Monday, February 23, 2015

Asian Hot Sauces-Prickly Pear Jelly and The Desert

Some of the previously published recipes have called for chili paste. What to use when you can't find it at your local store.

Read below.  

FYI: Cooks can substitute hot sauce like Sriracha (pictured below) or crushed red pepper flakes for chili paste. Chili paste is seasoned with salt and made up of hot peppers, oil and garlic. Cooks sometimes use dried peppers instead of paste.
Sriracha is a type of hot sauce or chili sauce made from a paste of chili peppers, distilled vinegar, garlic, sugar, and salt. It is named after the coastal city of Si Racha, in Chonburi Province of eastern Thailand, where it was possibly first produced for dishes served at local seafood restaurants.

A Southwest Food Item 
Prickly pears are the fruit of the prickly pear cactus.. These tasty, oval fruits sprout from the tops of prickly cactus leaves and range in color from yellow-green to deep red or purple. Grown on sun-drenched deserts and watered naturally by our generous monsoon rains, the succulent Prickly Pear Cactus fruit produces a rich, fruity flavor with distinct clarity, and a delicate aroma. 

These neon fruits provide delicious juice that tastes like a cross between all-natural bubblegum (if indeed there is such a thing) and watermelon. Prickly pear juice is often used to make jam or candy, but works wonders in cocktails and used in vinaigrettes for salads.
Prickly pears are not only a diet staple but also a medicinal treatment for swelling and rheumatism among many indigenous peoples of the southwestern United States and Mexico. Whether eaten raw or dried, these prickly little fruits provide your body with several health benefits.  I couldn't resist purchasing a jar of Prickly Pear Cactus Jelly. It does have a flavor that can't quite be defined.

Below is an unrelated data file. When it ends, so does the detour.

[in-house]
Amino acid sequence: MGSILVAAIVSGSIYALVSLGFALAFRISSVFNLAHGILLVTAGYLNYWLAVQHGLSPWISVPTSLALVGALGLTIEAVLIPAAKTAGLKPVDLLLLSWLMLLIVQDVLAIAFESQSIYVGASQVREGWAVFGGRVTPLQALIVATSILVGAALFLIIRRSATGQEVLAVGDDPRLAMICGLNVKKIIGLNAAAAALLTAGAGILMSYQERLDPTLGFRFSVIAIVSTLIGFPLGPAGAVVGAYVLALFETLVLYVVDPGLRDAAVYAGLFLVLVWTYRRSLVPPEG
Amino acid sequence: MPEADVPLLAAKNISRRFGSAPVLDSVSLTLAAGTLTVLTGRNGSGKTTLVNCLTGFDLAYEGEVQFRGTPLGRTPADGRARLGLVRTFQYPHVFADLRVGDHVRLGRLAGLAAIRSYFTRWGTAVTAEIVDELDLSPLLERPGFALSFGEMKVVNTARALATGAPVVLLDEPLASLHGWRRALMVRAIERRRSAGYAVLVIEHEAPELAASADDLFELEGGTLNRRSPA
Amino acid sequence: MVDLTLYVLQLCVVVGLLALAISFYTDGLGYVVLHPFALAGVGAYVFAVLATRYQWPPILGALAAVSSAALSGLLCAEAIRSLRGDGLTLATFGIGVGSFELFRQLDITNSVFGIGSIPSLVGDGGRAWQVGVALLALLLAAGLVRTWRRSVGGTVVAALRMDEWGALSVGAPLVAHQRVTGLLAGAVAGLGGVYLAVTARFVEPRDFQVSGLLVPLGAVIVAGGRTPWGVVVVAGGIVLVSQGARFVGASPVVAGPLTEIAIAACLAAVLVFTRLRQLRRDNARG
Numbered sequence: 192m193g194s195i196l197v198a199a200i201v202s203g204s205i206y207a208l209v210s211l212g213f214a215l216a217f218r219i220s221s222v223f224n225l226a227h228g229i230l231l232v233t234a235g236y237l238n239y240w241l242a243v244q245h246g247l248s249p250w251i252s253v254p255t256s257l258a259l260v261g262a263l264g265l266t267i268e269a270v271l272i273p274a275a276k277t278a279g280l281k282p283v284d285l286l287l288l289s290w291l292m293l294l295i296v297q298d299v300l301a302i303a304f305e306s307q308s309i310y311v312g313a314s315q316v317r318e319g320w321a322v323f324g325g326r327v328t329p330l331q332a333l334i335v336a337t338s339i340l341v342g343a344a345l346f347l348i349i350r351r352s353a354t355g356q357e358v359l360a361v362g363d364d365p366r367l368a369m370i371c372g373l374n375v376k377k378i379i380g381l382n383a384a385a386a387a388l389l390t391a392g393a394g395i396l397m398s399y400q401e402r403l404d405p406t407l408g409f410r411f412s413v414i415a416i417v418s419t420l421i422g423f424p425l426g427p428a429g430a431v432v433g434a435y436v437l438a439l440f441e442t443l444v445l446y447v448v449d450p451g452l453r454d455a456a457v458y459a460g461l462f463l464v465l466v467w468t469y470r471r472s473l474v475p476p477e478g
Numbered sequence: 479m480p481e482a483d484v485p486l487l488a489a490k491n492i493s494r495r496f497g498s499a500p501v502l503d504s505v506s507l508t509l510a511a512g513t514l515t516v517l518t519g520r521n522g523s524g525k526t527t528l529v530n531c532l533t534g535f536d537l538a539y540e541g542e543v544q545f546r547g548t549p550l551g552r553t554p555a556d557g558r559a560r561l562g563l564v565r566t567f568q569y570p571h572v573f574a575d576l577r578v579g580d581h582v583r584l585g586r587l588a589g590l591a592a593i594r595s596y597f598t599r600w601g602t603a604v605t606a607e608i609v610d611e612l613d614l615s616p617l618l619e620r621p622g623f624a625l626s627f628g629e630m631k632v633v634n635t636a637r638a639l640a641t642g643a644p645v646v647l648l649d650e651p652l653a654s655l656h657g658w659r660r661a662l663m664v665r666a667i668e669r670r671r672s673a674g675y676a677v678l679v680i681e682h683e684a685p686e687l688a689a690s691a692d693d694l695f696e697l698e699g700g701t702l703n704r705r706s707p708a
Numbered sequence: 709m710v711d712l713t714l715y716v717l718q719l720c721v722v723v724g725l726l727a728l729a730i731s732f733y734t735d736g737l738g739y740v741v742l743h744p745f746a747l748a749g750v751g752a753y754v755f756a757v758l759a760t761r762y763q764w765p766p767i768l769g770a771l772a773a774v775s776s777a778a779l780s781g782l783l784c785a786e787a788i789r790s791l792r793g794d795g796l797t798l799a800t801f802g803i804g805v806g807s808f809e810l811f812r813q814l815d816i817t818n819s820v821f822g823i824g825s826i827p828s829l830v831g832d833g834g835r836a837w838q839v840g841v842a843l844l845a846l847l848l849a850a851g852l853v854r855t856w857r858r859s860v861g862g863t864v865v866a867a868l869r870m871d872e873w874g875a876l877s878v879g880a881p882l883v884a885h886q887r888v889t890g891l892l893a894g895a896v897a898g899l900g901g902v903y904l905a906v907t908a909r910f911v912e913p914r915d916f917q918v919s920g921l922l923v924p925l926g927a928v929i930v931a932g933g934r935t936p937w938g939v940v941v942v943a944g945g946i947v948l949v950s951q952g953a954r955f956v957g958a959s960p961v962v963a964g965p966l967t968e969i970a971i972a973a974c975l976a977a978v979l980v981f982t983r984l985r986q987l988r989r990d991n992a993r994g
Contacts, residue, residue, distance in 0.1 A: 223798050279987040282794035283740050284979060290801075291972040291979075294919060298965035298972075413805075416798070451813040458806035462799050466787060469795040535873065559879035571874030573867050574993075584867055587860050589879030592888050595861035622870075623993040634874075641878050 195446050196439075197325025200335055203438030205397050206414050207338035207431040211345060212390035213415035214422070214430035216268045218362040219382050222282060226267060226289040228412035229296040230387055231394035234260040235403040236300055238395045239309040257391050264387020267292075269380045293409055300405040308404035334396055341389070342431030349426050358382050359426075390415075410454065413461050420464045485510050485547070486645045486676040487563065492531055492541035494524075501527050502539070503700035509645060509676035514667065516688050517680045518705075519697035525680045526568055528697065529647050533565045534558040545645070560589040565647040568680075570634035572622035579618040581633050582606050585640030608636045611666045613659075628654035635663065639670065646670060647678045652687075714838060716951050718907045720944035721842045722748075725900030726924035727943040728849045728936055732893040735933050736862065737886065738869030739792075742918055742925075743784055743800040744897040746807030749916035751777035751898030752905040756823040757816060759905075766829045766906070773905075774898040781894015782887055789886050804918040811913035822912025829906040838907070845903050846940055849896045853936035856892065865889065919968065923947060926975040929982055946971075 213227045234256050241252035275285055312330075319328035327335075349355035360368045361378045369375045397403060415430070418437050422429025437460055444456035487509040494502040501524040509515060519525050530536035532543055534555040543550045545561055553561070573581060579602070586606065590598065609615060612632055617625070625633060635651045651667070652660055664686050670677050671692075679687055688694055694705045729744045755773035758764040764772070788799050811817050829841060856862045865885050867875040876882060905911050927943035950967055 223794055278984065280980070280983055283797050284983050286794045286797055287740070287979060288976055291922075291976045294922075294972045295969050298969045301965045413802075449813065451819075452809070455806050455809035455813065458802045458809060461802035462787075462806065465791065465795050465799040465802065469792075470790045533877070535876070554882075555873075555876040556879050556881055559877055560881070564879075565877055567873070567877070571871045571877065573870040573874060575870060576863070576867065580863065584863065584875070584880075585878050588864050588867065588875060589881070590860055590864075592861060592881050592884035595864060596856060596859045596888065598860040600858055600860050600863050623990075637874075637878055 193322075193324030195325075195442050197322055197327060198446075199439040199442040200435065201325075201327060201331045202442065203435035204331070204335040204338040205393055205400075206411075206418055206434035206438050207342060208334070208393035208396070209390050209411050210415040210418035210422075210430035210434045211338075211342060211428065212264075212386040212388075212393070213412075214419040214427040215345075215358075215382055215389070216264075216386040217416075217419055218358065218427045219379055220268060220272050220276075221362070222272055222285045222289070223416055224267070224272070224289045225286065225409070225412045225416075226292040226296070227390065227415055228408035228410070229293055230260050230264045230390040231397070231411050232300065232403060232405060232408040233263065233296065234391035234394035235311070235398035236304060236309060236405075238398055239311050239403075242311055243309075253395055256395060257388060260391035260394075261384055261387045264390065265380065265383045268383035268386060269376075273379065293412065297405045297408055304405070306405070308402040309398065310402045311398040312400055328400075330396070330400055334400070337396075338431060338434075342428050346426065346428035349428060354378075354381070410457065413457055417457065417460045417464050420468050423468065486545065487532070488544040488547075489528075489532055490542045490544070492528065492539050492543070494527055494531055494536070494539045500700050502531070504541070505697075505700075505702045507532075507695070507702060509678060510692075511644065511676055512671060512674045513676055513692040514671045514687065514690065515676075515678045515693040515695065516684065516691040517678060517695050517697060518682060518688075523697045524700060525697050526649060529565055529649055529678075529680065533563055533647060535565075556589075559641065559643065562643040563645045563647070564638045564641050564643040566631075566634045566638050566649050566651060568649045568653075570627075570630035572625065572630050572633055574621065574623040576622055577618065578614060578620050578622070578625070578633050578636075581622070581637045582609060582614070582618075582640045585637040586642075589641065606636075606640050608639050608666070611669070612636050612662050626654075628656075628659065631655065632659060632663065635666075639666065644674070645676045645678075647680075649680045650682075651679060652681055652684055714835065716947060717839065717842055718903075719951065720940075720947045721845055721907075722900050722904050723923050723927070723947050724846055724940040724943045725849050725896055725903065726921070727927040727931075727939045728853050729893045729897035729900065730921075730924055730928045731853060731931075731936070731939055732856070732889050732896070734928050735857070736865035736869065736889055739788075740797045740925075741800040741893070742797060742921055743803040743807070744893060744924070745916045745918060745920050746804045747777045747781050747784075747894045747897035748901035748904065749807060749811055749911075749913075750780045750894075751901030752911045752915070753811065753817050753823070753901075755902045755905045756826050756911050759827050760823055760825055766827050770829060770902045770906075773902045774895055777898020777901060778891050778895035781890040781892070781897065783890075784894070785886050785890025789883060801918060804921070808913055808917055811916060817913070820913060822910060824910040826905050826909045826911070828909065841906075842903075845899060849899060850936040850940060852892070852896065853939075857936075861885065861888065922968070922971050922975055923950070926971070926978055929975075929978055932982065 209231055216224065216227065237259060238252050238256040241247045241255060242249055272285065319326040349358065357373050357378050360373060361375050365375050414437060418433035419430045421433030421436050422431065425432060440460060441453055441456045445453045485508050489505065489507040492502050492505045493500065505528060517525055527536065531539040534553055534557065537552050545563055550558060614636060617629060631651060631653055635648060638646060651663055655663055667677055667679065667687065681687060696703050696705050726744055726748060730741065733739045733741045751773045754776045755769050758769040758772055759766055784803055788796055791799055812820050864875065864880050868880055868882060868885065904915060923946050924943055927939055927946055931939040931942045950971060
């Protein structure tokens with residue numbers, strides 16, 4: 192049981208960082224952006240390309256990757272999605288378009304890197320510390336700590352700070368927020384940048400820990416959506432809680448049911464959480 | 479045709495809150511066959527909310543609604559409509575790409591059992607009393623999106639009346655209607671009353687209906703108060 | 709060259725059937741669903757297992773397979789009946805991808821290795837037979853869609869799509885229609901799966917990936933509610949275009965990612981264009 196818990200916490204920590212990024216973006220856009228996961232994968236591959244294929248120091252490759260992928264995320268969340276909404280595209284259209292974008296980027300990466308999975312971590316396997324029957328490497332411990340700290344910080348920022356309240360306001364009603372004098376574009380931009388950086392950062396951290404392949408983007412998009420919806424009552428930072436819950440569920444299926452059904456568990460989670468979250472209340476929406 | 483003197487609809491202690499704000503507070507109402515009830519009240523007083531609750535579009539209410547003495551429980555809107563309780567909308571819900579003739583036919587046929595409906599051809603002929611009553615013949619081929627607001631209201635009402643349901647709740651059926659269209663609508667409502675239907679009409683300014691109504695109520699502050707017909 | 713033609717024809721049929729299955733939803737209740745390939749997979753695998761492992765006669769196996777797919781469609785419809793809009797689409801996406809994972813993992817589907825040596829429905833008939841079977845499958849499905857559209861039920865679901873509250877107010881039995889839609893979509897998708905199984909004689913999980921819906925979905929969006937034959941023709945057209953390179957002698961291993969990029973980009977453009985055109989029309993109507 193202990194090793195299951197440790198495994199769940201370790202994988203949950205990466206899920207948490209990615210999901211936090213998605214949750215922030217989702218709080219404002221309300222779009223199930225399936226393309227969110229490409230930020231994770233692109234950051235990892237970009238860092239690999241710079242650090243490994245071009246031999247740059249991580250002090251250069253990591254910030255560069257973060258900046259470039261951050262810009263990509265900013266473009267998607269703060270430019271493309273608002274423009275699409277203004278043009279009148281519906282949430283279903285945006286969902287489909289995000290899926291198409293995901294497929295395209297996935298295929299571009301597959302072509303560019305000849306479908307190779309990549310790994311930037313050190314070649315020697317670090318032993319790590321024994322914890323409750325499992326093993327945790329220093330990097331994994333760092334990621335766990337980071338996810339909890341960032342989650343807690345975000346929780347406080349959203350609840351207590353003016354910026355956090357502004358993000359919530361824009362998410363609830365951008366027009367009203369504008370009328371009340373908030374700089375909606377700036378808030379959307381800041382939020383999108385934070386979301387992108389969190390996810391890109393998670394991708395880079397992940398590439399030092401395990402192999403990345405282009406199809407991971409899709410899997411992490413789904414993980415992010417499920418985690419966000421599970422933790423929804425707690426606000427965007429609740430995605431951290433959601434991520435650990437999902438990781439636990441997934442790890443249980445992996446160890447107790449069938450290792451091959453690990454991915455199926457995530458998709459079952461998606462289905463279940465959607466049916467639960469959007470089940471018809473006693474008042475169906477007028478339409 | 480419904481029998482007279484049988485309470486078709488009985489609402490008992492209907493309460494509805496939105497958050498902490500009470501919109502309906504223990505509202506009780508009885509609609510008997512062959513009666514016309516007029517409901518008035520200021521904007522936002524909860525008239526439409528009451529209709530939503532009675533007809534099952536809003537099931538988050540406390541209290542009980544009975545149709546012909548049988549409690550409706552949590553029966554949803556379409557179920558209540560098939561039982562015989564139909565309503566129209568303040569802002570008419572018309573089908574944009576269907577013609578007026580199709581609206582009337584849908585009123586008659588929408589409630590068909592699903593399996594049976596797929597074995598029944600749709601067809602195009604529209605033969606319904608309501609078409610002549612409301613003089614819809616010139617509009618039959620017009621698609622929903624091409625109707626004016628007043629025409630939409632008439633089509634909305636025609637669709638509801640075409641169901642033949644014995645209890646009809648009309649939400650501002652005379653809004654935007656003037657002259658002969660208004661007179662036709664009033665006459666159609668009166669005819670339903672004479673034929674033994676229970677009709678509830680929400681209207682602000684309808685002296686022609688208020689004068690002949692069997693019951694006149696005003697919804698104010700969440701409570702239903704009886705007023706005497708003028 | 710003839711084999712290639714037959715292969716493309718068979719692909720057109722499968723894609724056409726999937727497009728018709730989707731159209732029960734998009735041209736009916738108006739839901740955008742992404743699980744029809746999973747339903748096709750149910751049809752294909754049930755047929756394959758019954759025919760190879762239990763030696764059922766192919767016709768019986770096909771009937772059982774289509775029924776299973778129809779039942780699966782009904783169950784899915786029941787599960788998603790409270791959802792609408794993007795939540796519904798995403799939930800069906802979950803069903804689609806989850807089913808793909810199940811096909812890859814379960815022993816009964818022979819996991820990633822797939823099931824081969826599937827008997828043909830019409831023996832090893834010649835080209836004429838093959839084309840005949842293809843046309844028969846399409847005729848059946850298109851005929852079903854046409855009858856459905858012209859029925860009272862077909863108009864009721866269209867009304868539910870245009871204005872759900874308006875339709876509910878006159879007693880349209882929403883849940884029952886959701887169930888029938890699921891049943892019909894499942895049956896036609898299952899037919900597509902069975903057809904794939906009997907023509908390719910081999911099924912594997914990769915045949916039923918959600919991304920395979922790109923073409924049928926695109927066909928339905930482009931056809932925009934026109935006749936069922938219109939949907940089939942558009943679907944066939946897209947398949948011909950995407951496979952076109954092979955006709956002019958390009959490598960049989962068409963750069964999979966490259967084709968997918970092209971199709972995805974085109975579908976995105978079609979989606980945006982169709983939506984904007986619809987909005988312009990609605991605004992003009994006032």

The Sonoran Desert
by Tara Trewinnard-Boyle

How lucky am I? I have found my home!
In the place of dust and rock where the lizards run,
Where hot winds whip and the sun sears through a lapis colored sky.
Where Saguaros march uninhibited across the arid land.
Miles and miles of emptiness: freedom.

This is the place where Mother Nature still shows her true beauty.
Wild and uncompromising, she cuts me down to my rightful size.
Teaching me to live without; demand less; appreciate more.
Silently reminding me that the race is of my own making.
I can be free.

I have found my home. Not the home I was born to but where I belong.
The ache of leaving weighs heavy in my heart.
But today I can carry with me a gift, humbly offered to all who seek.
The desert is more than a place; it is a state of mind.
It is life and death, land and sky, struggle and freedom.

Slow! Your frantic pace does not matter here.
Breathe and be grounded in your humanness.
Be still and find your small place in this vast world.
You belong, just as you are. In the silence you can find peace.
This is the gift of the desert; for which I am eternally grateful.


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